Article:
Bob Lieberman's Blog

Commentary and Tools For Empowering Change

Leading By Embracing Chaos

When creativity is flourishing, ideas come fast and furious. It's nearly impossible to articulate them all, and they fade quickly. In a meeting, that effect is compounded because each spoken idea sparks others – implications, recollections, brainstorms, wild hares – in an explosive cascade of creativity. How do you capture all of this genius?

In many work groups, the answer is "you don't." Creative energy feels chaotic to those groups, who react with measures to discourage spin-off thinking. That climate of control gives the illusion of order and professionalism, but much of the constructive work is left undone (ideas do have value, after all). Participants leave meetings feeling curiously disappointed, and work products are suitably uninspired. When you hear people complain that there are too many meetings, this is what they're talking about.

There is an alternative strategy, which is to embrace the chaos of creativity. When a group is willing to respectfully consider all ideas, no constructive work will be left undone. Of course, the resulting idea explosion must be contained within the limited "air time" available in a meeting. But that can be managed by the simply-stated policy of giving most of the ideas their hearing offline.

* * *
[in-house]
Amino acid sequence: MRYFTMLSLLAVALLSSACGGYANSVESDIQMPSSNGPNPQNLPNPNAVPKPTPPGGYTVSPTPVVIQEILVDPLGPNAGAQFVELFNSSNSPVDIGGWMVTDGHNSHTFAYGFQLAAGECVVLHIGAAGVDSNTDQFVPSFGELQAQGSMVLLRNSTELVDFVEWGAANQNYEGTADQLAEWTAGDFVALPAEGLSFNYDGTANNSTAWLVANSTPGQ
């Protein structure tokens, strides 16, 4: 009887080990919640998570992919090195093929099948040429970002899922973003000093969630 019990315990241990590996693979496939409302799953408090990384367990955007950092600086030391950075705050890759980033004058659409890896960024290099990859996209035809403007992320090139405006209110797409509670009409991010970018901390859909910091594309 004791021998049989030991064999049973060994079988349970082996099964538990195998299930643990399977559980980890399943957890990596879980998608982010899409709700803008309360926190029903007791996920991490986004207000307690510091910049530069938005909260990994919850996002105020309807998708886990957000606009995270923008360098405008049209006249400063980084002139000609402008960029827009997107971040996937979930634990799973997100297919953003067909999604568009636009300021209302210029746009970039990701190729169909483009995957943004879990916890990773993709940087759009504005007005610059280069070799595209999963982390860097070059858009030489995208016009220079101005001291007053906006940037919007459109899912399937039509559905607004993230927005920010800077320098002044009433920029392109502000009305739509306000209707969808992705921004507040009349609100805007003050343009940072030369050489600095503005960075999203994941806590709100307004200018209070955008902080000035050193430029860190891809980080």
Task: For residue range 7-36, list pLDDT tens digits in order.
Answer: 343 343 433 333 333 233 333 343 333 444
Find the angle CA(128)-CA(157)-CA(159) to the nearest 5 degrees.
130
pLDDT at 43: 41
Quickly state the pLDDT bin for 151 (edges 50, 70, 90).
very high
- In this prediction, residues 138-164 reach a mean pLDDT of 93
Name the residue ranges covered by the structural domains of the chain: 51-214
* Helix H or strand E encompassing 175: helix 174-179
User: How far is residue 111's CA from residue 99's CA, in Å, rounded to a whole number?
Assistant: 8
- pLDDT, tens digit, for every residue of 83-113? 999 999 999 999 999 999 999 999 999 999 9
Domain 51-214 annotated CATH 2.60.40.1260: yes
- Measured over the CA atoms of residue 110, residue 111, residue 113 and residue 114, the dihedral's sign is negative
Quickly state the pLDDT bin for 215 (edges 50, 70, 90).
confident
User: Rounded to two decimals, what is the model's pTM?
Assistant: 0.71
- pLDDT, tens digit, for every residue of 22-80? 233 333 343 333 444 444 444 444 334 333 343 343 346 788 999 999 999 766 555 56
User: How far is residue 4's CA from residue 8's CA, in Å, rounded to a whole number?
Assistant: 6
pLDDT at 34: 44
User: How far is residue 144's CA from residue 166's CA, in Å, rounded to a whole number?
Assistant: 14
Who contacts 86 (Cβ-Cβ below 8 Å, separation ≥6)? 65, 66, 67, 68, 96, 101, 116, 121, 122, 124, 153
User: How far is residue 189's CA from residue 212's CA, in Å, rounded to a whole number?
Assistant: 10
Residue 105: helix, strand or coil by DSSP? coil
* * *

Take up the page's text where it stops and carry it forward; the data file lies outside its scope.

Planning meetings for the upcoming Portland Creative Conference are being conducted in precisely this manner, and it's a joy to behold. The conference is a major undertaking put on by and for the creative services industries. Talk about idea explosion! The meeting leader and all participants are ruthlessly (though respectfully) disciplined in offloading most discussions to sub-committees. And all are diligent about discharging their offline responsibilities and reporting back. There is a knack to doing this effectively, and it is on display here. As a result, the atmosphere is one of excitement, competence, confidence, and trust that I find exhilarating.

I think all meetings should be conducted this way, and most of them could be. All it takes is competence at the table, an invitation to be passionate, mutual respect, and skillful leadership. When it works, it is a fulfilling experience with exceptional results.